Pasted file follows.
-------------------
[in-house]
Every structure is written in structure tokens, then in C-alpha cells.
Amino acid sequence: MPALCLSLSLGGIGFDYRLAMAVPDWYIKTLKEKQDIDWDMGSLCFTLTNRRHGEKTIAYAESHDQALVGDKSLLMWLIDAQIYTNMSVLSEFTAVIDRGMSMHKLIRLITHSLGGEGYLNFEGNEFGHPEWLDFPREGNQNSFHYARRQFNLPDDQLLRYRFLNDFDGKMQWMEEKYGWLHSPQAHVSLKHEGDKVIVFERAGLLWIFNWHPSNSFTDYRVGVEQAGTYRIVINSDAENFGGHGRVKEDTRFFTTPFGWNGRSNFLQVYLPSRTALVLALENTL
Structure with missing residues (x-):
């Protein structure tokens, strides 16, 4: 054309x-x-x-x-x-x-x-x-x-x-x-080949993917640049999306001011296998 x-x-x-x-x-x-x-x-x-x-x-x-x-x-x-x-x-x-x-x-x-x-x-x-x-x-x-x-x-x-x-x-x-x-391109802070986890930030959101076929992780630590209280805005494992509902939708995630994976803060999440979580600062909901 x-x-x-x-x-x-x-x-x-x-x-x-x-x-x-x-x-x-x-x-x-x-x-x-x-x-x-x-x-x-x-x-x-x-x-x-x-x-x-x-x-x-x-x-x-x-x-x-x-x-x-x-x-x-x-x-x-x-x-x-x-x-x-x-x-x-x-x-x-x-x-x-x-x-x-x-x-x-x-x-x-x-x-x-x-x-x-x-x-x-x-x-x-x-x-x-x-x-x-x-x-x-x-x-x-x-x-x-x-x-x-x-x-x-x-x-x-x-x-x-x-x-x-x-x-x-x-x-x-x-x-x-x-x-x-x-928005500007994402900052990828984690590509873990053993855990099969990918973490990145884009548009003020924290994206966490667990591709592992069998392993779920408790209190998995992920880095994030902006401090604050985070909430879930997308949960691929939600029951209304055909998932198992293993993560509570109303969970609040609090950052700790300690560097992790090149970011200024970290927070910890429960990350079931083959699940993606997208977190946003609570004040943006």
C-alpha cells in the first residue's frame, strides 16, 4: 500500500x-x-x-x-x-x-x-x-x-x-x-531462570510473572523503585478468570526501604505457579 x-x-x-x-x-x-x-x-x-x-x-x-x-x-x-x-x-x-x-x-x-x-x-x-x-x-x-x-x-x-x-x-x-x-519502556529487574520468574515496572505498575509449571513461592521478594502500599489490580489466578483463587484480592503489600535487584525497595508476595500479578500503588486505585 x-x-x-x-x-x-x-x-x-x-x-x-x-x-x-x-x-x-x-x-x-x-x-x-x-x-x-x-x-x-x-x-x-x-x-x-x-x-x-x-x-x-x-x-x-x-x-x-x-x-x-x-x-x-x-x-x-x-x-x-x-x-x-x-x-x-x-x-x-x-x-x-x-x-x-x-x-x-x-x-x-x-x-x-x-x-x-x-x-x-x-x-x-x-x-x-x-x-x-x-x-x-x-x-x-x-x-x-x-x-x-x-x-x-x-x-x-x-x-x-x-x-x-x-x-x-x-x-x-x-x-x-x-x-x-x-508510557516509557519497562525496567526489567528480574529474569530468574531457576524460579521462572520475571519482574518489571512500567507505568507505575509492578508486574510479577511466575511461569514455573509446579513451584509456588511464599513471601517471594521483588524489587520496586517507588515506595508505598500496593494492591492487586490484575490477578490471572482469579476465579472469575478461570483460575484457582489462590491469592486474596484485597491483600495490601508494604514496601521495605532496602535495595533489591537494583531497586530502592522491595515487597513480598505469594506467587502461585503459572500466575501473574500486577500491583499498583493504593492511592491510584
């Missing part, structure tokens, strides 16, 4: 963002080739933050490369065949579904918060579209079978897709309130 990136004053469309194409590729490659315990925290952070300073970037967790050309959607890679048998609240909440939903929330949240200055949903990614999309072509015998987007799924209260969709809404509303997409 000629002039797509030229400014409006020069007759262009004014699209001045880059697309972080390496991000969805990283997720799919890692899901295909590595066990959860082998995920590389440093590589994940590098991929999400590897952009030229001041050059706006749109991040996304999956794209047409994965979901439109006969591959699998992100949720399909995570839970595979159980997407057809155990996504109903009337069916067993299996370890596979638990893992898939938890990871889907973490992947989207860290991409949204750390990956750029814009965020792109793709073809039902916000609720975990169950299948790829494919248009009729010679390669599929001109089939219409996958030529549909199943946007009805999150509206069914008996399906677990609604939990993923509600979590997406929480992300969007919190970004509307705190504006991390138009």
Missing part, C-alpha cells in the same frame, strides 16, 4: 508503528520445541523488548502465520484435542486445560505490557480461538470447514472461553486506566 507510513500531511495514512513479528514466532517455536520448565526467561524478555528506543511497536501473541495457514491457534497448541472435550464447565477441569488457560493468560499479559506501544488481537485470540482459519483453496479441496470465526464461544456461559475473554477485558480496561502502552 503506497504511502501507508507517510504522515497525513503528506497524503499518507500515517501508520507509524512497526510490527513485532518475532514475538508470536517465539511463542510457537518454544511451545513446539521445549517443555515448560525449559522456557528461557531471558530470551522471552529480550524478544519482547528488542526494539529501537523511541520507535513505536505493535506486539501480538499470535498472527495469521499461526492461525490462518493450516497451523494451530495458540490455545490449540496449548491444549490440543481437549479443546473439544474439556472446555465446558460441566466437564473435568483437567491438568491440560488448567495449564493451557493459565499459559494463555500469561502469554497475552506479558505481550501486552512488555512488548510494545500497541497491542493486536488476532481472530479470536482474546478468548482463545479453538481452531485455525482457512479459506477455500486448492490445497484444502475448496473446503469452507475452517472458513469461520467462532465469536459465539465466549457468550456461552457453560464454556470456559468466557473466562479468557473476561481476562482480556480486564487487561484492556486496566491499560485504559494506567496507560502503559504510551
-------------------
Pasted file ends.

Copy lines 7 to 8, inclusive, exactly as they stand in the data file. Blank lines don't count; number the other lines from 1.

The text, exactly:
């Missing part, structure tokens, strides 16, 4: 963002080739933050490369065949579904918060579209079978897709309130 990136004053469309194409590729490659315990925290952070300073970037967790050309959607890679048998609240909440939903929330949240200055949903990614999309072509015998987007799924209260969709809404509303997409 000629002039797509030229400014409006020069007759262009004014699209001045880059697309972080390496991000969805990283997720799919890692899901295909590595066990959860082998995920590389440093590589994940590098991929999400590897952009030229001041050059706006749109991040996304999956794209047409994965979901439109006969591959699998992100949720399909995570839970595979159980997407057809155990996504109903009337069916067993299996370890596979638990893992898939938890990871889907973490992947989207860290991409949204750390990956750029814009965020792109793709073809039902916000609720975990169950299948790829494919248009009729010679390669599929001109089939219409996958030529549909199943946007009805999150509206069914008996399906677990609604939990993923509600979590997406929480992300969007919190970004509307705190504006991390138009």
Missing part, C-alpha cells in the same frame, strides 16, 4: 508503528520445541523488548502465520484435542486445560505490557480461538470447514472461553486506566 507510513500531511495514512513479528514466532517455536520448565526467561524478555528506543511497536501473541495457514491457534497448541472435550464447565477441569488457560493468560499479559506501544488481537485470540482459519483453496479441496470465526464461544456461559475473554477485558480496561502502552 503506497504511502501507508507517510504522515497525513503528506497524503499518507500515517501508520507509524512497526510490527513485532518475532514475538508470536517465539511463542510457537518454544511451545513446539521445549517443555515448560525449559522456557528461557531471558530470551522471552529480550524478544519482547528488542526494539529501537523511541520507535513505536505493535506486539501480538499470535498472527495469521499461526492461525490462518493450516497451523494451530495458540490455545490449540496449548491444549490440543481437549479443546473439544474439556472446555465446558460441566466437564473435568483437567491438568491440560488448567495449564493451557493459565499459559494463555500469561502469554497475552506479558505481550501486552512488555512488548510494545500497541497491542493486536488476532481472530479470536482474546478468548482463545479453538481452531485455525482457512479459506477455500486448492490445497484444502475448496473446503469452507475452517472458513469461520467462532465469536459465539465466549457468550456461552457453560464454556470456559468466557473466562479468557473476561481476562482480556480486564487487561484492556486496566491499560485504559494506567496507560502503559504510551